John Sanchez, the current district manager of Bronx Community Board 6, said he has always wanted to serve his neighborhood.
“I started as a volunteer on a local assembly race, and that led to my becoming a deputy chief of staff, and the job [of the District manager of Bronx Community Board 6] opened a few years ago and I applied,” he said.
Sanchez said his job exists at the most local level of government, and his responsibilities include both planning community events and managing constituents, neighborhood partners and local businesses.
According to the official website of Bronx Community Board 6, the local government in the Bronx Community Board 6 includes, but is not limited to, the Bronx neighborhoods of Tremont, Belmont, West Farms Fordham University and its immediate surrounding areas.
He is currently also running for city council, a decision he said he made due to his desire to expand on the changes he has been able to enact while serving on the community board.
His platform includes investing in municipal broadband, providing job opportunities for people without a college degree and fostering a more beneficial relationship between Fordham University and the supporting community. You can learn more about his policies at johnsanchezforNY.com.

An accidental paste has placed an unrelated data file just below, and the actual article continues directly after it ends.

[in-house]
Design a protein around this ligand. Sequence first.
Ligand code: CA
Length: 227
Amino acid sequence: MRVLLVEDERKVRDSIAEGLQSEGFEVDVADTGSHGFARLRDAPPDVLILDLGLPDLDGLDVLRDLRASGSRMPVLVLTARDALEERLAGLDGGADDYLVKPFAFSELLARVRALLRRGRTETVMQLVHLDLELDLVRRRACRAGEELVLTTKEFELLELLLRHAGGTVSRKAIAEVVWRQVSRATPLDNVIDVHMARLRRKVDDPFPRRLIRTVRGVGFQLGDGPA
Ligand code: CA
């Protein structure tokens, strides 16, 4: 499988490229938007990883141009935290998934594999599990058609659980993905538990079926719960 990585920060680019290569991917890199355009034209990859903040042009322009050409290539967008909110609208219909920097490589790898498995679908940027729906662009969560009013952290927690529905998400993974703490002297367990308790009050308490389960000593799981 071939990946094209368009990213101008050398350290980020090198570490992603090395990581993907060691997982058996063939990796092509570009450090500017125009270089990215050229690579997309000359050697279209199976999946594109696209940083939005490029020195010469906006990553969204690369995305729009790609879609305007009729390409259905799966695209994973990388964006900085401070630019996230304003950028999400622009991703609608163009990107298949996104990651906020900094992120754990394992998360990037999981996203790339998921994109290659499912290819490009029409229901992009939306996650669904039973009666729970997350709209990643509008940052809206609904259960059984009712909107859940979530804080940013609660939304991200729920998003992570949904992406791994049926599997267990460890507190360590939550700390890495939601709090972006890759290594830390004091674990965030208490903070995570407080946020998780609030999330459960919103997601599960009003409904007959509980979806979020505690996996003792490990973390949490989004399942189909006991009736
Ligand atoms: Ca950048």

Sanchez has worked closely with Fordham organizations and the Fordham community in the past. He worked with ASILI, the Black Student Alliance at Fordham University, to co-host an Instagram Live event regarding ASILI’s demands of Fordham University and a discussion of the relationship between Fordham University and the surrounding Bronx community.
Sanchez also hosted a fundraiser for his city council campaign in which he invited members of the Fordham community to join him in a discussion of mental health in the Bronx and the relationship between students and the local government.
“There’s always room for improvement, but since I’ve been district manager it’s slowly been improving,” he said about Fordham’s relationship to the Bronx community.
He explained that Fordham students make up a significant portion of his interns, and that he has previously partnered with the Manresa Scholars Program for first-year students. Sanchez has worked with both freshmen and upperclassmen.
“Fordham students have already been getting involved [in the community] through internships, but I recommend attending the community board meetings; they’re being held remotely,” said Sanchez. “Try reaching out. It can help you find ways to get involved and do service activity for the neighborhood”.
This year on July 2, Sanchez participated in an Instagram Live hosted by ASILI about ASILI’s demands from Fordham University and Fordham University’s relationship with the Bronx community.
“It was great,” he said. “I enjoy speaking to and hearing from students about their perspective on what the university can do better and sharing my strategies on how to get big institutions to do better.”
“It’s a challenge,” he continued. “These are big institutions; it can take some time to get through to them.”
Fordham students that want to attend community board meetings can do so on the second Wednesday of each month, and the Zoom link can be found at bronxcb6.org.
“Thank you to the Fordham students familiar with the Community Board 6 for their work through the years, and I recommend other students reach out to the community and help make our neighborhood better,” said Sanchez.